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Siill, as I read, I feel my bosom beat,
To Mr. P O P E.
Or speaking marbles, to record their praise ;
'Tis thine, on ev'ry heart to grave thy praise,
The arch, the marble, and the mimic bust:
If aught on earth, when once this breath is fled, 15
grow, And bloom afresh on thy immortal brow.
Thus when thy draughts, O Raphael! time invades, And the bold figure from the canvass fades, A rival hand recalls from ev'ry part
25 Some latent grace, and equals art with art; Transported we survey the dubious Atrife, While each fair image starts again to life.
How long, untun'd, had Homer's facred lyre Jarr'd grating discord, all extinct his fire ?
30 This you beheld; and, taught by heav'n to fing, Call’d the loud music from the founding string. Now wak'd from flumbers of three thousand years, Once more Achilles in dread pomp appears, Tours o'er the field of death ; as fierce he turns, 35 Keen flash his arms, and all the Hero burns ; With martial stalk, and more than mortal might, He strides along, and meets the Gods in fight : Then the pale Titans, chain'd on burning floors, Start at the din that rends th’infernal shores,
Tremble the tow'rs of Heav'n, earth rocks her coasts,
Proceed, great Bard ! awake th' harmonious string, Be ours all Homer ! ftill Ulysses sing. How long that Hero*, by unskilful hands,
55 Strip'd of his robes, a beggar trod our lands? Such as he wander'd o'er his native coast, Shrunk by the wand, and all the warrior lost: O’er his smooth skin a bark of wrinkles spread; Old age disgrac'd the honours of his head; 60 Nor longer in his heavy eye-ball shin'd The glance divine, forth-beaming from the mind. But you, like Pallas, ev'ry limb infold With royal robes, and bid him shine in gold; Touch'd by your hand, his manly frame improves 65 With grace
divine, and like a God he moves. Ev'n I, the meanest of the Muses' train, Inflam’d by thee, attempt a nobler strain ; Advent'rous waken the Mæonian lyre, Tun'd by your hand, and sing as you inspire : 70 So arm’d by great Achilles for the fight, Patroclus conquer'd in Achilles' right: Like theirs, our Friendship! and l-boast my name To thine united — for thy Frieadship's Fame.
* Odyssey, lib. xvi.
This labour past, of heav'nly subjects sing, While hov'ring angels listen on the wing. To hear from earth such heart-felt raptures rife, As, when they fing, suspended hold the skies: Or nobly rising in fair Virtue's cause, From thy own life transcribe th’unerring laws : Teach a bad world beneath her sway to bend: To verse like thine fierce favages attend, And men, more fierce: when Orpheus gunes the lay, Ev'n fiends relenting hear their rage away.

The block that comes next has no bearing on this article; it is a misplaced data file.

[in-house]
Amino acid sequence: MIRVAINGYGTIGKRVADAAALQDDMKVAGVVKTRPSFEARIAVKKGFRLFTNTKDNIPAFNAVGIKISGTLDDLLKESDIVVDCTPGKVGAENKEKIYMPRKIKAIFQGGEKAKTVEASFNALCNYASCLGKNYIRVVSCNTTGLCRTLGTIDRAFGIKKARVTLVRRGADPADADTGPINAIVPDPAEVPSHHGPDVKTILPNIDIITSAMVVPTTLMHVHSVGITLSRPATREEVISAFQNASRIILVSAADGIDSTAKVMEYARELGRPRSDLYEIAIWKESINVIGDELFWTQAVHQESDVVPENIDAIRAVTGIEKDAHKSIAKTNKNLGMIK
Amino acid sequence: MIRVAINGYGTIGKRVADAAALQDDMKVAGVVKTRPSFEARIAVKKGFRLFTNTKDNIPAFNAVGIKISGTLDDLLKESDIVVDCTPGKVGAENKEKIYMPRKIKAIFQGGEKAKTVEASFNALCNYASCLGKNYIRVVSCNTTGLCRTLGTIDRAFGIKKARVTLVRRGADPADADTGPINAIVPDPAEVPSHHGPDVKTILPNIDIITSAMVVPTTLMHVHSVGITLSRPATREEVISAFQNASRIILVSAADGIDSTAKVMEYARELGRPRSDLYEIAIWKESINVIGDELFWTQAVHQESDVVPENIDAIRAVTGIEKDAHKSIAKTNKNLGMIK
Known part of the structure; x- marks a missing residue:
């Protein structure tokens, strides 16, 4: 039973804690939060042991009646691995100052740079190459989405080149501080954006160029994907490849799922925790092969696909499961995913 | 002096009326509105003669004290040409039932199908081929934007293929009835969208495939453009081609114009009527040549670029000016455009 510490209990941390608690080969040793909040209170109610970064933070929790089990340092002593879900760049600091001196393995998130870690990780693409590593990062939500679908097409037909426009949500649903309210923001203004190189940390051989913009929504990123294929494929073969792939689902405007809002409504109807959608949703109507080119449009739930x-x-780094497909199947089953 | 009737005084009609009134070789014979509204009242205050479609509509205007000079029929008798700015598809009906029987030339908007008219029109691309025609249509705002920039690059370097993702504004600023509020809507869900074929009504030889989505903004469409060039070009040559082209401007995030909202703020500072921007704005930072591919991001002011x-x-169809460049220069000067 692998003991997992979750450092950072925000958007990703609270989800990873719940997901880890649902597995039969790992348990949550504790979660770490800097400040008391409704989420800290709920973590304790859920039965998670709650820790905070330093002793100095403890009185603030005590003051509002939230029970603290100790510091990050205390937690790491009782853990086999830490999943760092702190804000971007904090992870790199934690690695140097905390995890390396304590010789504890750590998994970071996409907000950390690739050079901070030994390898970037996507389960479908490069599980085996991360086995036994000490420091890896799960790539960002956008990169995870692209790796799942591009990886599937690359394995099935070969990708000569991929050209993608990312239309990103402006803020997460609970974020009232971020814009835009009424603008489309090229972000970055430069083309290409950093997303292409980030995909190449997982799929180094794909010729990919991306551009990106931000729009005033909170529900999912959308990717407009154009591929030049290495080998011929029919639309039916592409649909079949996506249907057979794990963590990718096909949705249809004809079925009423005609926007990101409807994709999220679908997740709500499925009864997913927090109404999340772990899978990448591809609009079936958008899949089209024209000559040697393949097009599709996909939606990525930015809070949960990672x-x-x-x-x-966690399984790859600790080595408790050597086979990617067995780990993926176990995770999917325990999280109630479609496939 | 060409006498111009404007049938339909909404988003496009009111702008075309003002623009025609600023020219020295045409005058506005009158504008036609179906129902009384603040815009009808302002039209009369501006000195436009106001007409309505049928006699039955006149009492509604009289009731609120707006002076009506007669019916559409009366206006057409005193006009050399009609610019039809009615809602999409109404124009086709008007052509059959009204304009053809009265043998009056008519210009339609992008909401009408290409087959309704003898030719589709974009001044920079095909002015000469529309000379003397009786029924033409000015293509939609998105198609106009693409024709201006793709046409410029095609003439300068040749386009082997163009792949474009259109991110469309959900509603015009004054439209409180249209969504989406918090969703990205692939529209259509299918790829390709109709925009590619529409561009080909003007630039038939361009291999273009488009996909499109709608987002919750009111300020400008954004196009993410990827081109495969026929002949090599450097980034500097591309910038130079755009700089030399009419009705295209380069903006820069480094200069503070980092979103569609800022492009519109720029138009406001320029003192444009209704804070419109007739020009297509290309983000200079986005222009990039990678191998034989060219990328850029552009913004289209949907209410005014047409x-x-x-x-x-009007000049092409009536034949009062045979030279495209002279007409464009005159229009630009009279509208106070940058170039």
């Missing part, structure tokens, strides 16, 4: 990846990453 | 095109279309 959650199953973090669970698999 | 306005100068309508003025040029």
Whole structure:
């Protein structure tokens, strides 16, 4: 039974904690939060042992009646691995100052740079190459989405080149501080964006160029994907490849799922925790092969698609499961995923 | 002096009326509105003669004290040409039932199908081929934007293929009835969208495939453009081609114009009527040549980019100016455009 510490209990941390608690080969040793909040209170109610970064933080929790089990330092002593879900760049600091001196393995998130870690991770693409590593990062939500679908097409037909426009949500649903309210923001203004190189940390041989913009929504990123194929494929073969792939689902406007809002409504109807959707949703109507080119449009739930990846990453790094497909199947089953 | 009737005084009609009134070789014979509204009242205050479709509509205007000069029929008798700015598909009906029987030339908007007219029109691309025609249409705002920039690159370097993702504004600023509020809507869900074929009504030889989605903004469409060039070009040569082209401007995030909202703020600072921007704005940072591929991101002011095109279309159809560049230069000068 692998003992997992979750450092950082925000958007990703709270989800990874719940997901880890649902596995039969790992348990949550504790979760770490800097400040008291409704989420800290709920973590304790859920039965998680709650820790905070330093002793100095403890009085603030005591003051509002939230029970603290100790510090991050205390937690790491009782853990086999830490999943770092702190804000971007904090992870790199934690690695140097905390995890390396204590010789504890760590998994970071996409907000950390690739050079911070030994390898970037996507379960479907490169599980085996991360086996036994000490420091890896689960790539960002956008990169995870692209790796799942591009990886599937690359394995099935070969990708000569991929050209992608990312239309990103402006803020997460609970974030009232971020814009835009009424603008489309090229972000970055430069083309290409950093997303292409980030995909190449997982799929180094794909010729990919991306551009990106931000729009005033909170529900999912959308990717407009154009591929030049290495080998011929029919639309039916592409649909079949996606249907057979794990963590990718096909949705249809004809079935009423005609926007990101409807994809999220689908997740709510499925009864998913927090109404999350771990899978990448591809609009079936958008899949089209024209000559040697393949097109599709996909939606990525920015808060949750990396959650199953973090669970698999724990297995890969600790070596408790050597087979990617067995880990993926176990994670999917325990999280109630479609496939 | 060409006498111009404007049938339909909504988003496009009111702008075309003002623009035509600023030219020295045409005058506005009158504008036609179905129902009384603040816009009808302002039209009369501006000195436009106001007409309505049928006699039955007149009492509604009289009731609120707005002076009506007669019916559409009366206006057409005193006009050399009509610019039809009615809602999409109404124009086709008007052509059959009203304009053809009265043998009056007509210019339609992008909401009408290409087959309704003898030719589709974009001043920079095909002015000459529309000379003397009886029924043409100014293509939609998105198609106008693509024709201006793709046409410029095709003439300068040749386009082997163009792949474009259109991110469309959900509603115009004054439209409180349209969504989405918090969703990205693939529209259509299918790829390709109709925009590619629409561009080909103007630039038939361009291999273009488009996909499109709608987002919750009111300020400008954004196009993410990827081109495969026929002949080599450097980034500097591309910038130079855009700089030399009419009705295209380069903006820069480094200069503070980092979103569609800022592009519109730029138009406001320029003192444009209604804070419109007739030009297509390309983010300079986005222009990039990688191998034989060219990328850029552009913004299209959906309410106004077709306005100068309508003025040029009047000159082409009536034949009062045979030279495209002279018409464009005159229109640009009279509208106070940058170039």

W. BROO ME.
To Mr. P O P E,
On the publishing his WORK S.
The song of triumph, and attend his Car.
But hark, what shoots, what gath’ring crouds rejoice!
Prone to the earth she bends her loathing eye,
The Chariot now the painful steep afcends, The Pæans cease; thy glorious labour ends. Here fix'd, the bright eternal Temple stands, Its prospect an unbounded view commands: 30 'Say, wond'rous youth, what Column wilt thou chuse, What laurel'd Arch for thy triumphant Muse? Tho' each great Ancient court thee to his shrine, Tho' ev'ry Laurel thro' the dome be thine, (From the proud Epic, down to those that shade 35 The gentler brow of the soft Lesbian maid) Go to the Good and Juft, an awful train, Thy soul's delight, and glory of the Fane: While thro' the earth thy dear remembrance flies, “ Sweet to the world, and grateful to the kies.” 40
To Mr. P O P E.
From Rome, 1732. I Mmortal Bard! for whom each Muse has wove
The fairest garlands of th' Aonian grove; Preserv'd, our drooping Genius to restore, When Addison and Congreve are no more ; After so many stars extinct in night,
5 The dark’ned ages lait remaining light!